Iwo Jima

Iwo Jima

Iwo Jima and Washington monument

Iwo Jima and Washington monument

Mount Vernon

Mount Vernon

Mount Vernon, from the river

Mount Vernon, from the river

Lincoln memorial

Lincoln memorial

Lincoln memorial

Lincoln memorial

Korean War Memorial, my favorite.  I went back multiple times, absolutely loved this.

Korean War Memorial, my favorite. I went back multiple times, absolutely loved this.

Korean Memorial, with reflections on wall

Korean Memorial, with reflections on wall

Thomas Jefferson quote

Thomas Jefferson quote

More from Korea

More from Korea

Iwo Jima, Marine memorialIwo Jima, Marine memorial

Medical Corpsman carving, Navy Memorial

Medical Corpsman carving, Navy Memorial

Navy memorial, for my dad

Navy memorial, for my dad

Navy Memorial

Navy Memorial

North lawn of White House, early morning

North lawn of White House, early morning

Smithsonian Castle

Smithsonian Castle

South lawn of White House

South lawn of White House

Washington monument, covered in scaffolding due to repairs from earthquake damage

Washington monument, covered in scaffolding due to repairs from earthquake damage

The Potomac river from Arlington bridge, taken on our night bike ride to Arlington cemetery
The Potomac river from Arlington bridge, taken on our night bike ride to Arlington cemetery

There may or may not have been some serious deviation from my diet here.

There may or may not have been some serious deviation from my diet here.

Jefferson Memorial across the Tidal Basin

Jefferson Memorial across the Tidal Basin

A little Mississippi at the Smithsonian Air and Space Museum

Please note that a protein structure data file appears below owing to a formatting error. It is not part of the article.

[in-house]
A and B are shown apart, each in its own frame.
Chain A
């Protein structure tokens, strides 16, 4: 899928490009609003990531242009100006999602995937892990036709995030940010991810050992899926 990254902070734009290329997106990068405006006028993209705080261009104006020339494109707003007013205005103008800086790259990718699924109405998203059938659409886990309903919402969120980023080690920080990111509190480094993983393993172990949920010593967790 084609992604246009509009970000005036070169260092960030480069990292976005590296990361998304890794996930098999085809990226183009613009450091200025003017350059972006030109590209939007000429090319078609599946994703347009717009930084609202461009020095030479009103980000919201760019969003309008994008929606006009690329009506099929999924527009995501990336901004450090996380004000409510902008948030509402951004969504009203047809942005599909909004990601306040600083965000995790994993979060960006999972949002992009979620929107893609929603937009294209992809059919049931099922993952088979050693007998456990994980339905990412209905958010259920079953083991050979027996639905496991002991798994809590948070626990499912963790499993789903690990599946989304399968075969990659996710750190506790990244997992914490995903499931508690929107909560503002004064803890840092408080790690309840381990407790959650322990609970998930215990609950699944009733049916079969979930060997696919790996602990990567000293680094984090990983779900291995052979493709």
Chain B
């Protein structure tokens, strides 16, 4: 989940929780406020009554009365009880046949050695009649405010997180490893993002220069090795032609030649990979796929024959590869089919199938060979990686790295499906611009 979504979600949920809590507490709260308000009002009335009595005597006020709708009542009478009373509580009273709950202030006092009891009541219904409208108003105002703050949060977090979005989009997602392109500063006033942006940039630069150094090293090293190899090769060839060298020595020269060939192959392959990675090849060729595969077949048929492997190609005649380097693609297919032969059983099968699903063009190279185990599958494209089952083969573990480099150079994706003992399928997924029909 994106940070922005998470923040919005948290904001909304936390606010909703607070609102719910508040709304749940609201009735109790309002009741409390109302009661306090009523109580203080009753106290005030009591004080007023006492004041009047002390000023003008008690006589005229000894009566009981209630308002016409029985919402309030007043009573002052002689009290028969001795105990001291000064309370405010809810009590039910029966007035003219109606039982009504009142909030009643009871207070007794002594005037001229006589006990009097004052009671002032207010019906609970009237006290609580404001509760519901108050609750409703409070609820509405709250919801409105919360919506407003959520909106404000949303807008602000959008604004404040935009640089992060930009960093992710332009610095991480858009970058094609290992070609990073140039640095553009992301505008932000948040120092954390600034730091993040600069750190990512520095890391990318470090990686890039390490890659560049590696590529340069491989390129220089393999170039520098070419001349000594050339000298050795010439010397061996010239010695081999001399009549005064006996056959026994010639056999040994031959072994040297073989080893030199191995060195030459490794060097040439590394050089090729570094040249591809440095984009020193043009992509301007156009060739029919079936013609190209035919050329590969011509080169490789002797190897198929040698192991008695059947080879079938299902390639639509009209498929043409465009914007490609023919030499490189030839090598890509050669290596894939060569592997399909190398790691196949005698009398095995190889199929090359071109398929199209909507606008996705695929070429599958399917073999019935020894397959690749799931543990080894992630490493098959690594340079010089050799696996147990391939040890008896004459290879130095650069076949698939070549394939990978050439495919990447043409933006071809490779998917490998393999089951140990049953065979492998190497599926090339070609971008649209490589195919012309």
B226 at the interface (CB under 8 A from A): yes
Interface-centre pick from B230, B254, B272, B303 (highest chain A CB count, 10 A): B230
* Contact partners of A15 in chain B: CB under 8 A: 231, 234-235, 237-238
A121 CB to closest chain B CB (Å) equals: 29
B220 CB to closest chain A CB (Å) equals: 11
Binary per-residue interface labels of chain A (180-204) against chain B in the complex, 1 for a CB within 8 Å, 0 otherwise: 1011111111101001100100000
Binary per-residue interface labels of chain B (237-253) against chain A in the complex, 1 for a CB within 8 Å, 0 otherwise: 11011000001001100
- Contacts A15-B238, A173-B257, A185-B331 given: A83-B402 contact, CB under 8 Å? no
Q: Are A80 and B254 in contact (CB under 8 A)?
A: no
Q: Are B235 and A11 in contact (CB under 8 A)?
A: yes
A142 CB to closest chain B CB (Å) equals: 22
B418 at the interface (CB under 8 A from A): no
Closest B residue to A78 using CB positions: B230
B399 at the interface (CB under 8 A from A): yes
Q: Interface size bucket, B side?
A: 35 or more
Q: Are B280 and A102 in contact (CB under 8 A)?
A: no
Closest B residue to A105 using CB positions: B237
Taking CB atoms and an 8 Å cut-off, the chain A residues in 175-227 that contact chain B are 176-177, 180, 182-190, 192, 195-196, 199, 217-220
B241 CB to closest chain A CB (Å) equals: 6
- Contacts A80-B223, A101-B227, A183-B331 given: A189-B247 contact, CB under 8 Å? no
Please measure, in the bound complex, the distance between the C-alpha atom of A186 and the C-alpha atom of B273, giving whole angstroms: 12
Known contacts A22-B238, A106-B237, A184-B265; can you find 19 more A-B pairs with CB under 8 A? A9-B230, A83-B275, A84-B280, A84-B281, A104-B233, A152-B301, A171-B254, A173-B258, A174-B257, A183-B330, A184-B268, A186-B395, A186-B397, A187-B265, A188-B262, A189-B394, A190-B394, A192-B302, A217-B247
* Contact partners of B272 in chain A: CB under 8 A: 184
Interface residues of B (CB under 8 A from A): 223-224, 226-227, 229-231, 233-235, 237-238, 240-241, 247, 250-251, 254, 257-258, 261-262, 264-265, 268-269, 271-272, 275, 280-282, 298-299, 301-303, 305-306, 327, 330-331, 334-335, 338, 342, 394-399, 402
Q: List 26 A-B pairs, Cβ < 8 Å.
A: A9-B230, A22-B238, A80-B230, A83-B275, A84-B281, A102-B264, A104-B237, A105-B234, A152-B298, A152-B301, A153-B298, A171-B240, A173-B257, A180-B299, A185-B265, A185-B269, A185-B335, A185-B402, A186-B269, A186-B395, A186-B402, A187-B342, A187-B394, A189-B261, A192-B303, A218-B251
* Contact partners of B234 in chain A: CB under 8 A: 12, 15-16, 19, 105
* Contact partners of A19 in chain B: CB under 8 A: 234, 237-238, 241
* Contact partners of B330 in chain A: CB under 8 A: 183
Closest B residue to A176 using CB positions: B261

A little Mississippi at the Smithsonian Air and Space Museum

Braves/Nats game

Braves/Nats game

Things I loved:
1) DC is very walker friendly. We saw most of the sights by walking to them. Renting bikes was fun, too, if a little nerve wracking.

2) It was easy to plan our trip online before we got there, purchasing metro passes, tickets to Mount Vernon and other attractions (we did). It’s a tech friendly city, you’re even able to order food from your seat at the Nationals ball park using your cell phone (we didn’t).

3) The Smithsonians are all free admission!  Loved that!

4) The metro/rail system was pretty easy to figure out and was cleaner than others I’ve used.

5) The Braves swept the series.  🙂

Didn’t love:

1) Wi-fi was a little wonky everywhere.  Almost enough to make me a black helicopter girl.  Well, even more than I already am.

2) Nats fans.  (See #5 above)

3) Crowding on subway leaving the ballgame.  Of course, my man has a “show no fear, take no prisoners” way about him, so I tucked in behind him and moved forward on his slipstream.

4) Scaffolding, scaffolding, scaffolding.  Great images were hard to come by with so much repair work going on.  Of course, I realize this is necessary & that summer is probably the best working time, but it sure put a crimp in my style.